What are the 5 sunglasses categories?

Sunglasses lenses are categorised by darkness of tint. There are five categories in total which absorb measurably different amounts of light through the lens. These tints range from very light (category 0) to extremely dark (category 4.)


So, are darker lenses better then?

No. Lens darkness has nothing to do with UV protection. The category of your lenses simple measures how much visible light they absorb. The darker the tint, the more light they absorb which can make it more comfortable for you to see. UV is invisible light and must be blocked, regardless of the sun lens category.

 In this article, you can learn about the 5 sunglasses categories and how they affect the way you see when looking through each type of lens.


5 sunglasses lenses with different levels of tint darkness

What are the 5 lens categories?

The five lens categories are defined by their visible light absorption percentage. Abbreviated as ABS%, the five categories range from 0,1,2,3, and 4 with increasing levels of absorption as seen in the table below.








0% - 10%

10% - 20%

20% - 43%

43% - 80%

80% – 92%


Very light




Very dark

Sun use





Very strong

Driving suitability

Day & night

Day only

Day only

Day only



Optical lenses being darkened in colour tint baths

How are lenses darkened?

Sun lenses are made by darkening a prescription or non-prescription lens with a tint colour such as grey, green or brown.

Depending on the darkness required, their visible light absorption percentage (ABS%) is controlled by the duration of which they're immersed in the tint. This occurs in a heated liquid bath of dye which penetrates the uncut lens (seen below).

ABS% denotes the amount of light absorbed by a sun lens which can be anything between 1% or 100%. It’s this percentage that informs the five sunglasses categories.


What category of sun lenses is best?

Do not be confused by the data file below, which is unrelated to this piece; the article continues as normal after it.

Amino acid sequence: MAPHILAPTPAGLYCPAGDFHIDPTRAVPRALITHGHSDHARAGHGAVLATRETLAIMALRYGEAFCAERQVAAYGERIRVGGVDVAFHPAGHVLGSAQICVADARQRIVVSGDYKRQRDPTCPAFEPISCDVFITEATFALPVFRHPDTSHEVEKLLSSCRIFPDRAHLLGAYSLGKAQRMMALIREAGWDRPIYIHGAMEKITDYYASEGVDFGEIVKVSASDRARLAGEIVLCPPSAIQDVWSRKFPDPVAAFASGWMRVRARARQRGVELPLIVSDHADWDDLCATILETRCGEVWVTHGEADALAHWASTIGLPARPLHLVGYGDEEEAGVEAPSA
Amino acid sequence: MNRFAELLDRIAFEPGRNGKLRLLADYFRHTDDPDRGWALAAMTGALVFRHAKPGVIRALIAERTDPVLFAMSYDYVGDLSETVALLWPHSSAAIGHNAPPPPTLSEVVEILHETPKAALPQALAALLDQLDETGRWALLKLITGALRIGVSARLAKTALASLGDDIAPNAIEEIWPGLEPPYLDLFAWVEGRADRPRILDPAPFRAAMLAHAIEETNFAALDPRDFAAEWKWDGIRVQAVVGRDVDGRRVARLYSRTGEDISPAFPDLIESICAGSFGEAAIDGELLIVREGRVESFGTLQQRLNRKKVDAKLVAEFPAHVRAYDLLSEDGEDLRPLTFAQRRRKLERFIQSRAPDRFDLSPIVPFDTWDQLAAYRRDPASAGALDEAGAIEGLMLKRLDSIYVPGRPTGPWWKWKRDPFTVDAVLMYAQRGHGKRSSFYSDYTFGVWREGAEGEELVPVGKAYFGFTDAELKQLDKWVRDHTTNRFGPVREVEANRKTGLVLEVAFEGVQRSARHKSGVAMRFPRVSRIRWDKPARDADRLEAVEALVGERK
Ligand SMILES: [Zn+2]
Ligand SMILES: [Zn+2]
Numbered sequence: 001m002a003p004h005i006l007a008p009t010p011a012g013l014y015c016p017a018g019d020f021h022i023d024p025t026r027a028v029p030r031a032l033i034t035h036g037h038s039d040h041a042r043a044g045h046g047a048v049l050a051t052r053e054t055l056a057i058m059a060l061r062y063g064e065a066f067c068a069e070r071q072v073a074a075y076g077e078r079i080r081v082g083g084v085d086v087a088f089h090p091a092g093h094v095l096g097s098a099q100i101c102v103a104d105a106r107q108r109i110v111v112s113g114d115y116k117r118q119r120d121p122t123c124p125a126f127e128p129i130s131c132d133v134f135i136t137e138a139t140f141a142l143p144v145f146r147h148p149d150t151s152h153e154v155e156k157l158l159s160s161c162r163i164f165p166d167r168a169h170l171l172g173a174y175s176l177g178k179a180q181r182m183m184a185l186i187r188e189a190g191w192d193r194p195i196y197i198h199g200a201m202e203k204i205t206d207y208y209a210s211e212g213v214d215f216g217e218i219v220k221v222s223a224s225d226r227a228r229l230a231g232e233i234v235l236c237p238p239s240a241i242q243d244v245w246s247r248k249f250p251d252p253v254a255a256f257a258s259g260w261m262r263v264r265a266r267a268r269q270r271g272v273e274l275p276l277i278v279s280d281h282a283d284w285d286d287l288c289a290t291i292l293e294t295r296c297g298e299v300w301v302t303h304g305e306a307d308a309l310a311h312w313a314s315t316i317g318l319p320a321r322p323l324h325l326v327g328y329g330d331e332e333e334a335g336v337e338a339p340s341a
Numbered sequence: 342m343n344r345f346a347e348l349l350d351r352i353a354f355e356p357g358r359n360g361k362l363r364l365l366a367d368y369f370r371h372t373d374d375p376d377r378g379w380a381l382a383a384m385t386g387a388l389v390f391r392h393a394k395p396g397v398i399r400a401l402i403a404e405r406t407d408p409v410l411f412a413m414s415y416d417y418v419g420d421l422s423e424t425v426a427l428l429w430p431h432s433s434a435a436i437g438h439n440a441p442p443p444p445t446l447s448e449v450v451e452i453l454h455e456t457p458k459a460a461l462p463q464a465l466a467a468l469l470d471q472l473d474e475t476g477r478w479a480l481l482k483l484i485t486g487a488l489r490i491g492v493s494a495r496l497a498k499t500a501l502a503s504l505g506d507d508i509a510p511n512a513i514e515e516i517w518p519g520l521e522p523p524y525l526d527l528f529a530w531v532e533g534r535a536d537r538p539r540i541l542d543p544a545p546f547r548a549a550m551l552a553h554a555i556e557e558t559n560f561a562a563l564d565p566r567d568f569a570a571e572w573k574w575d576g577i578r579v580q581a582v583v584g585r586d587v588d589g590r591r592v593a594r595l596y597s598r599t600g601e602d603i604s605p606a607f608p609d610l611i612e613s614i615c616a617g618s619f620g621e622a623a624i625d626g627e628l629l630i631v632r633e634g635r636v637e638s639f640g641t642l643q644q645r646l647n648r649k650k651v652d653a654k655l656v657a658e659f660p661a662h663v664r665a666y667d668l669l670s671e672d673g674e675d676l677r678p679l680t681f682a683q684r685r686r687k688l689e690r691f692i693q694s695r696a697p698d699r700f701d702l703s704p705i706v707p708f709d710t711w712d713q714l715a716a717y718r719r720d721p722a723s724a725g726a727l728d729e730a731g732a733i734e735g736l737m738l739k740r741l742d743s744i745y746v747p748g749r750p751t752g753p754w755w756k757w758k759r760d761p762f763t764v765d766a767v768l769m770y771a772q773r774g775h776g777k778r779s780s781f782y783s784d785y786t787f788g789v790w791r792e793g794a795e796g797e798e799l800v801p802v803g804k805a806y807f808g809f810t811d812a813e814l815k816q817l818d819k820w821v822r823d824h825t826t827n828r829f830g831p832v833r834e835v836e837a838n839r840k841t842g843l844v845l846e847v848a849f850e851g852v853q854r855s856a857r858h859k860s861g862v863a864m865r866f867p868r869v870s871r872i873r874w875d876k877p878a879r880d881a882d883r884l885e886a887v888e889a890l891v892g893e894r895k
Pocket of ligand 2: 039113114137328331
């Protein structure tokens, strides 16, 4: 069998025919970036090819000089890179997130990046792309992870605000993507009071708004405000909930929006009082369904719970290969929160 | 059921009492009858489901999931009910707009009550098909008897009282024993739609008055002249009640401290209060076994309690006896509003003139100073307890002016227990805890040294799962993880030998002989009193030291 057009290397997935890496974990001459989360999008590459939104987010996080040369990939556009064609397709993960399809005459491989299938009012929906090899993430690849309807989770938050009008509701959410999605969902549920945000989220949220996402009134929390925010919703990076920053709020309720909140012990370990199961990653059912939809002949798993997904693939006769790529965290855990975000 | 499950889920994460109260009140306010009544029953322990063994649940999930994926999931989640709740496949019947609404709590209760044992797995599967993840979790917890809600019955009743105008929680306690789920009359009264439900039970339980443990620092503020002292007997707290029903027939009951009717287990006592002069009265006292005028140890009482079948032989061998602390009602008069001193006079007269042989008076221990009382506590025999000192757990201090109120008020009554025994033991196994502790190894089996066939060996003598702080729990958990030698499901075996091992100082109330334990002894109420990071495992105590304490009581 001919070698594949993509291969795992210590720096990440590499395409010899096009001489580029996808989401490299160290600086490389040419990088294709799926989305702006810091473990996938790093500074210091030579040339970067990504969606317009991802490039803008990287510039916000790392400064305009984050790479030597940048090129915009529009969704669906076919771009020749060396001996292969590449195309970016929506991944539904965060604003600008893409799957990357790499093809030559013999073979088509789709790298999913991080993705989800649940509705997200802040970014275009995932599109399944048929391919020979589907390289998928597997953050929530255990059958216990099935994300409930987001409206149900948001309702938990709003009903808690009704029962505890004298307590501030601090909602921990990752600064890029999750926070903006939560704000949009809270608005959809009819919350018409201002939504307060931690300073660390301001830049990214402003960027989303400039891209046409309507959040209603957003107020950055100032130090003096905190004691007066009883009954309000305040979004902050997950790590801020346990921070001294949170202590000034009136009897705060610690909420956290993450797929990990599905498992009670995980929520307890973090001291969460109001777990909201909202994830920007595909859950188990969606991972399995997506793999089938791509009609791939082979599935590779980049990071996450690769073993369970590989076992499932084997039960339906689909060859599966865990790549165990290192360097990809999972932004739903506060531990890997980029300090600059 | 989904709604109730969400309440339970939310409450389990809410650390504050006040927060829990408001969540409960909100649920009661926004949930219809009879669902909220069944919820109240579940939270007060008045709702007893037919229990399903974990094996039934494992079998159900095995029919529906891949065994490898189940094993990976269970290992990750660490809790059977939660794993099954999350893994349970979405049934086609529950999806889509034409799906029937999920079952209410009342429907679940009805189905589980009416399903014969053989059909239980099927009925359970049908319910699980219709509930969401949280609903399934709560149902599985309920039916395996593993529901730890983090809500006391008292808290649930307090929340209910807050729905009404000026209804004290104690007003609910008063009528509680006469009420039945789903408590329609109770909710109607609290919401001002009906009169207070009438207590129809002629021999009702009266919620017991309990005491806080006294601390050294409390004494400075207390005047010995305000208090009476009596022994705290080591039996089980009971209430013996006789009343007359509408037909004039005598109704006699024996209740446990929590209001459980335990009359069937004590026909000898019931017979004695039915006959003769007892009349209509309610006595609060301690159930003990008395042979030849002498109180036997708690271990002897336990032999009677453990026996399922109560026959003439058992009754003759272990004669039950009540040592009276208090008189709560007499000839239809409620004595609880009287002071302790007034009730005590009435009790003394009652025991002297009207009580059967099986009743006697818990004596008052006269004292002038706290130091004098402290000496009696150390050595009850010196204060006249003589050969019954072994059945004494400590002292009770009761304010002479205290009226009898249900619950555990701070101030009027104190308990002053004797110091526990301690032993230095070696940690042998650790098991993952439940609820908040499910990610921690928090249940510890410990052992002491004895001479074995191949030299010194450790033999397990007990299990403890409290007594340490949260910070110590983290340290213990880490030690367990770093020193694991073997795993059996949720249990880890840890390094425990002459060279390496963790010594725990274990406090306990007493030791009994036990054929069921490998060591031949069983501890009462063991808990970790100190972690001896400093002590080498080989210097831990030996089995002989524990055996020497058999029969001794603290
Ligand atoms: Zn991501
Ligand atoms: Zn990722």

Depending on your application, most recreational sunglasses use category 2 or 3 lenses for tasks like driving, walking and sport.

Category 1 lenses are very lightly tinted, with little to no darkening effect. This is usually insufficient for bright sunny days are are more often used for fashion purposes or light sensitive eye conditions.

Category 4 lenses are considered specialist for high-exposure scenarios like mountaineering and are in fact illegal for driving in the UK.

For more details, check out the following descriptions and applications of the 5 lens categories in the list below.


What are category 0 sunglasses?

Category 0 lenses have little to no tint which barely reduces the darkness of the lens. With as little as 5% of the light being absorbed, category 0 lenses are vaguely tinted and are used for prescription spectacles.


What are category 1 sunglasses?

Category 1 lenses  have a more obvious colouration from tinting, but would still be far too light for use as everyday sunglasses. Category 1 lenses are basically a coloured spectacle lens which offer mild relief on bright days. A popular choice for people who live in very sunny locations or have sensitive eyes.


What are category 2 sunglasses?

Category 2 lenses  are the halfway point between a very dark spectacle lens and a light sunglasses lens. Their colouration is prominent and absorbs less than half of sunlight through the lens. Category 2 lenses could be used as sunglasses on moderately bright or overcast days.


What are category 3 sunglasses?

Category 3 lenses absorb around two thirds of visible light which makes them suitable as everyday recreational sunglasses for activities such as sport, driving or a blue-sky day on the beach. Banton Frameworks sunglasses are category 3.


What are category 4 sunglasses?

These are the darkest sun lenses. Because they absorb so much visible light, they’re illegal to wear for driving. Generally, these lenses are only suitable for extreme exposure scenarios such as high-altitude mountaineering. Not your everyday sunglasses lens.